• Angela Wilson
      October 7, 2014

      Oh Melissa – on every level I know you are right! (that my Mum will inevitably have a hand in it somehow, but not in an obvious way)…I’m just such a sucker for a ‘sign’! Thanks so much for following along with all these random reflections, it means a lot….and ahem, seaside coffee one day!! xx

  6. Caroline T
    October 3, 2014

    What a heartbreaking post but as usual you manage to deliver it with humour! You have had a very rough ride & thank you for sharing your story. Your writing is brilliant. Look forward to more.x

    • Angela Wilson
      October 7, 2014

      Thanks Caroline for such a lovely comment and for reading my ramblings. I sooo appreciate it! xx

  7. Zibby
    October 3, 2014

    Beautiful post, thank you. Xx

    • Angela Wilson
      October 7, 2014

      Ah, so glad you liked it Zibby – and thanks for leaving a comment – I do love a comment or two! xx

  8. Beata
    October 3, 2014

    Angela,
    I can’t even imagine how you feel. But I do know there is hope, more than hope. There is reality of women who miscarried multiple times and went on to have healthy babies. One of them was my friend, who had a beautiful daughter after four early miscarriages and another lady I know had two lovely children after a number of miscarriages. Have faith, Angela, you time will come, too.
    Beata x

    • Angela Wilson
      October 7, 2014

      Beata – thank you so much for such a kind and thoughtful comment – I really appreciate it….and yep, I aint giving up yet! lots of love xx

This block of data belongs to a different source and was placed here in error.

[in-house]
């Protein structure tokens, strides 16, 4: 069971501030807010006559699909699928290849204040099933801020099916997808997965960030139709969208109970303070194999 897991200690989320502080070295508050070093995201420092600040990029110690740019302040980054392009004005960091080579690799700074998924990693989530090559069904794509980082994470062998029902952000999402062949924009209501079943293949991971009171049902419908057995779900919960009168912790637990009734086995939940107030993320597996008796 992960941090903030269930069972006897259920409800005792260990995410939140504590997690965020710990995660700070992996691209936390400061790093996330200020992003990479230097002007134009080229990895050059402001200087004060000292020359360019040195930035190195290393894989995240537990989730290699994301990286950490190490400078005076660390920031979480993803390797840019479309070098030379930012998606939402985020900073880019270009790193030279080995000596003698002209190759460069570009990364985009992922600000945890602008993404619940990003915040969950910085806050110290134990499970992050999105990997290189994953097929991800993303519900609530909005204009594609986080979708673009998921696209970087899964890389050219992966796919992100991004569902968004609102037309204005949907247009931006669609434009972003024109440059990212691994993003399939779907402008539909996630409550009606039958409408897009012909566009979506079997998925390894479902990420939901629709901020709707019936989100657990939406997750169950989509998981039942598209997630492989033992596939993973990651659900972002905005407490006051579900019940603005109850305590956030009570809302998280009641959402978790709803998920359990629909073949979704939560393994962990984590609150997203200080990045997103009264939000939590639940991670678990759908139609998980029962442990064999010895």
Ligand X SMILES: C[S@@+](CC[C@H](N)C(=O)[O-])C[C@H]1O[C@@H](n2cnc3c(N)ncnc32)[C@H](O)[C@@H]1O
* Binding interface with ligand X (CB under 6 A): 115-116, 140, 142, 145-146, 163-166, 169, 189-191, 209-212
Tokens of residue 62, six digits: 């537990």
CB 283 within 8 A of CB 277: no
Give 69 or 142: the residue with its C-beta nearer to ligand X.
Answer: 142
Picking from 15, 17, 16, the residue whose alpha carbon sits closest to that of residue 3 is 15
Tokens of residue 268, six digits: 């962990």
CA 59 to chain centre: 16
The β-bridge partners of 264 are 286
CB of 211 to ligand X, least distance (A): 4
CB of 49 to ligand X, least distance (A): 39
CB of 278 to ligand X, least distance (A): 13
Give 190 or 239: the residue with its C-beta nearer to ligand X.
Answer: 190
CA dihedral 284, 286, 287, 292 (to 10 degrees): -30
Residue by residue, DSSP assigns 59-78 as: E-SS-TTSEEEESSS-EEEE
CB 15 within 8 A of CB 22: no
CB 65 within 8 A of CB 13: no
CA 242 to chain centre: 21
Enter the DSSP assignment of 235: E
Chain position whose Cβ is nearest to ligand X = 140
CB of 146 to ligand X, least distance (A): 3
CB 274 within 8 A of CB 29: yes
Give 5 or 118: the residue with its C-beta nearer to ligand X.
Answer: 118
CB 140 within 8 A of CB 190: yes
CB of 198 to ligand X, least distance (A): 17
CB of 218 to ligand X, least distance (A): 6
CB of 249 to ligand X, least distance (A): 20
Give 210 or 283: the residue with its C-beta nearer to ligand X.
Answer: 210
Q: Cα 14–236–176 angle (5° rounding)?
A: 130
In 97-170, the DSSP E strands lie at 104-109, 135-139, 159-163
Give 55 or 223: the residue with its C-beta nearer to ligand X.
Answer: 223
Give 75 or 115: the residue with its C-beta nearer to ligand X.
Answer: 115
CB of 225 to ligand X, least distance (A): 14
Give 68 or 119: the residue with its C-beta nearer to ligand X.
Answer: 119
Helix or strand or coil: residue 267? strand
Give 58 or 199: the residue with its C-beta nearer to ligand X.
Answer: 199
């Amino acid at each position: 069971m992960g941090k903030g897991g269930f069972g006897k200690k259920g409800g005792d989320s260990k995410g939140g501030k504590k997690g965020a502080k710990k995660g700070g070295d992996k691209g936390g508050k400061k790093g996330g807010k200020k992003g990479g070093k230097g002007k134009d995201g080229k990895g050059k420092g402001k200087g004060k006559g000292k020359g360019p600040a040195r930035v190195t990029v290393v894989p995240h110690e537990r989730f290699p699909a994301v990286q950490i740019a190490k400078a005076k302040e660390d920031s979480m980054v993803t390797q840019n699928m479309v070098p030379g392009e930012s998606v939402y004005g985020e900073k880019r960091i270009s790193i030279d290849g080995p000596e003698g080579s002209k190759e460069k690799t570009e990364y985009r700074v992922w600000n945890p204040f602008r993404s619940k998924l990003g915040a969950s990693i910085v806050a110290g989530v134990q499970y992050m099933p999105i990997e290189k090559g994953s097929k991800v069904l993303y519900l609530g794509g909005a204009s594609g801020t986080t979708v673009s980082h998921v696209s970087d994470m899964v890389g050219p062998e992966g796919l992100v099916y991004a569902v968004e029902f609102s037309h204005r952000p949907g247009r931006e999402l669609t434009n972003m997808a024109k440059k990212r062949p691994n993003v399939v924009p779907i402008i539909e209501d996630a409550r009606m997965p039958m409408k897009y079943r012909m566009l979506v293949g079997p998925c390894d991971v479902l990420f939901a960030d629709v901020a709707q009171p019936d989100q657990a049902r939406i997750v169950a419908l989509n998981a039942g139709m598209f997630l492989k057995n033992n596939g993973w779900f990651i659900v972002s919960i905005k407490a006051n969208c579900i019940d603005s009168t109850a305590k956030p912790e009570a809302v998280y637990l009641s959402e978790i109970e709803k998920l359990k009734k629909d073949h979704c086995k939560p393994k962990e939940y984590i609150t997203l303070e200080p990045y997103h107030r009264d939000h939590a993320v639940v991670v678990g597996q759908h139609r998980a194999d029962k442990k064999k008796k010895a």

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  10. anna
    October 4, 2014

    Dear Angela, sending you lots of love and thinking of you. Your mum sounds so wonderful. I am so sorry to learn of yet more grief for you. You are such a sweetheart, big big live to you xxxxx Anna

    • Angela Wilson
      October 7, 2014

      Thanks so much lovely Anna for leaving a comment and for sending me your much welcomed love and thoughts, they are v. gratefully received!! 😉 lots of love to you, your big man and your little man! xx

  11. Martin Cleaver
    October 4, 2014

    Deep, Angela, and breezy with it.

    I really wish you the best with getting pregnant. Do look out for food though – your Mum was right: there are a myriad of things that we eat that make a huge different to how everything functions.

    M.

    • Angela Wilson
      October 7, 2014

      Thanks Martin – and yes! totally agree with you on the food-front! Thanks for leaving a note, it’s v appreciated! xx

  12. Julia
    October 7, 2014

    Your honesty and your courage never cease to amaze me dear Angela. I am so moved, as ever, by all that you shared here. So many layers to what you must be feeling. Sending you love and hoping that your partner’s Mum is able to finish what your Mum started for your very own healthy baby. x

    • Angela Wilson
      October 7, 2014

      Thanks Julia, that’s lovely of you to say – I’d love the world to be a more open place where no-one feels alone in how they feel, whatever that may be!…so if I can help in some small way via my random ramblings, then that’d make me v happy! xx

  13. Cass
    October 7, 2014

    Very brave Angela and you have a real style when it comes to writing. Estoy seguro vas a hacer una Madre marevillosa! x

    • Angela Wilson
      October 10, 2014

      Ah! Mil gracias, Cass! xx

  14. Michela
    October 8, 2014

    Oh Angela, thank you for sharing something so personal with us all, my heart goes out to you, having to deal with the loss of your dear mum, and then the heart breaking miscarriages, as if one or the other wasn’t enough, life is funny that way.
    As always your writing makes me feel like I know you so well, like i’d want to come over for a cuppa one day! and just sit and talk life.

    • Angela Wilson
      October 10, 2014

      Thanks so much Michela for such a lovely response…and yep, would be great to have a cuppa with you and put the world to rights…ha, you never know, perhaps one day! xx